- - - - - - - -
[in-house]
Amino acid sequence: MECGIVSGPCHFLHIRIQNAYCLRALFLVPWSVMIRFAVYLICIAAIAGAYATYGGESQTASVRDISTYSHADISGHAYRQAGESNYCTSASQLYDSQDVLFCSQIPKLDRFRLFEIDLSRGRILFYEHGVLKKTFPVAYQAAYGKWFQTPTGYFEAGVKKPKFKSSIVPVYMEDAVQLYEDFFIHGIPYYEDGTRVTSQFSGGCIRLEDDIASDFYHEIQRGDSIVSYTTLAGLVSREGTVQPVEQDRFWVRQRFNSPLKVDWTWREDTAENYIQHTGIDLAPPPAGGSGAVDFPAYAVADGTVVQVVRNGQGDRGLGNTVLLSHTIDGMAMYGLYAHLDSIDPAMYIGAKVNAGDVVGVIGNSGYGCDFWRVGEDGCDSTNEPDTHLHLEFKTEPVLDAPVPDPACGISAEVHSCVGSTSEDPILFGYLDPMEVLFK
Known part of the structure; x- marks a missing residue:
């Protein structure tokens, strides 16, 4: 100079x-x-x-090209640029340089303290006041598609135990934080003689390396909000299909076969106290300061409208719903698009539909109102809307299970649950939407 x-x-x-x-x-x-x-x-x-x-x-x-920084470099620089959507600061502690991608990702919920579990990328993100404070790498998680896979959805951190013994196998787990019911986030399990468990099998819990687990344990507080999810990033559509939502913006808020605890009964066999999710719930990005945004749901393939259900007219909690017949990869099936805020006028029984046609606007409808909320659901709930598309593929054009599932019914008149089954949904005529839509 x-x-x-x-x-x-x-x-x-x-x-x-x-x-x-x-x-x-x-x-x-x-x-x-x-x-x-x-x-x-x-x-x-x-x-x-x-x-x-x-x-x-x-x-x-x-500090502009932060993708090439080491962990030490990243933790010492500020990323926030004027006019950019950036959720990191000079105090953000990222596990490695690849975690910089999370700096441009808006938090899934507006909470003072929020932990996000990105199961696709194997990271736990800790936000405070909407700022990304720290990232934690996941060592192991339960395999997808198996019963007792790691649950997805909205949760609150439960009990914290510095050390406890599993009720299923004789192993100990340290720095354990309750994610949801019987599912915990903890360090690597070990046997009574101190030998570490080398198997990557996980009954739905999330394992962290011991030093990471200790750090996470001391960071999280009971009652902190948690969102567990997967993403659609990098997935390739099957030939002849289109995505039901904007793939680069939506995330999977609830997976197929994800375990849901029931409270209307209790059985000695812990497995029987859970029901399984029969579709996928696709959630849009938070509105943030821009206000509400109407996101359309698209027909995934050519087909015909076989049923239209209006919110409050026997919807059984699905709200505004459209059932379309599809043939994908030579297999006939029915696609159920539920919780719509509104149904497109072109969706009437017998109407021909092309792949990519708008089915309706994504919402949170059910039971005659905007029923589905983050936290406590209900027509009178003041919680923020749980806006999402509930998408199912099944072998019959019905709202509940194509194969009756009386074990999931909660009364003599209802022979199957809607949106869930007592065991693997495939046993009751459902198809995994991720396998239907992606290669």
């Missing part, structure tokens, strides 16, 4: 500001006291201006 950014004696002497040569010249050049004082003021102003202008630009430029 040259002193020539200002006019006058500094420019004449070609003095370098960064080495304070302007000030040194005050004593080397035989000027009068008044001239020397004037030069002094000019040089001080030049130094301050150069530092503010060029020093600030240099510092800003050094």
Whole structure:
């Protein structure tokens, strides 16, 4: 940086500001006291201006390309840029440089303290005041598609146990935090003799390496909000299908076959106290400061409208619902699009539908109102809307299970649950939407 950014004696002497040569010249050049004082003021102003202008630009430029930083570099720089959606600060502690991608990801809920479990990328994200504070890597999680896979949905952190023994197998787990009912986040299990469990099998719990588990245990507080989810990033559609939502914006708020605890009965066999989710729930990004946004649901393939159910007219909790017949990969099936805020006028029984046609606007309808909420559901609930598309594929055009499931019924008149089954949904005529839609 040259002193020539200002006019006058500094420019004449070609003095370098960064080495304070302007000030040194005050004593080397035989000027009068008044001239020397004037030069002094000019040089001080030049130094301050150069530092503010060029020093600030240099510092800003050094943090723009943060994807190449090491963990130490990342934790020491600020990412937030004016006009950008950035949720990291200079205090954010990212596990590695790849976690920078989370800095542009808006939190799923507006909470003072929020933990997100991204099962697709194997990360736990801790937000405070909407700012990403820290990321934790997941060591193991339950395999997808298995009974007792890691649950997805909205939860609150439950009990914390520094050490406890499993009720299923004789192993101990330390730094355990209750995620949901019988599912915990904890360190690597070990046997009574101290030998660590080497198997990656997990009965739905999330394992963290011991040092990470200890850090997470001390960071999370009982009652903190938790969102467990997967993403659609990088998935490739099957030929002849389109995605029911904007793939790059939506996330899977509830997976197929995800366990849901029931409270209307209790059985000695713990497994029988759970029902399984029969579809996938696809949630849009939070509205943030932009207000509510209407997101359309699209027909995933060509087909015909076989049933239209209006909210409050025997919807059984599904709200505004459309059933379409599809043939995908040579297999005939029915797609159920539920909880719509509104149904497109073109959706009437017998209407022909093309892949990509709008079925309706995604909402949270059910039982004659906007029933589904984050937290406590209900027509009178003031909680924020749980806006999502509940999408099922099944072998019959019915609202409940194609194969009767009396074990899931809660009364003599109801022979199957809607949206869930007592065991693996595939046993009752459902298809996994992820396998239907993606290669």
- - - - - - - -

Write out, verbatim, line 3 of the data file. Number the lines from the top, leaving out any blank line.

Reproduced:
Known part of the structure; x- marks a missing residue: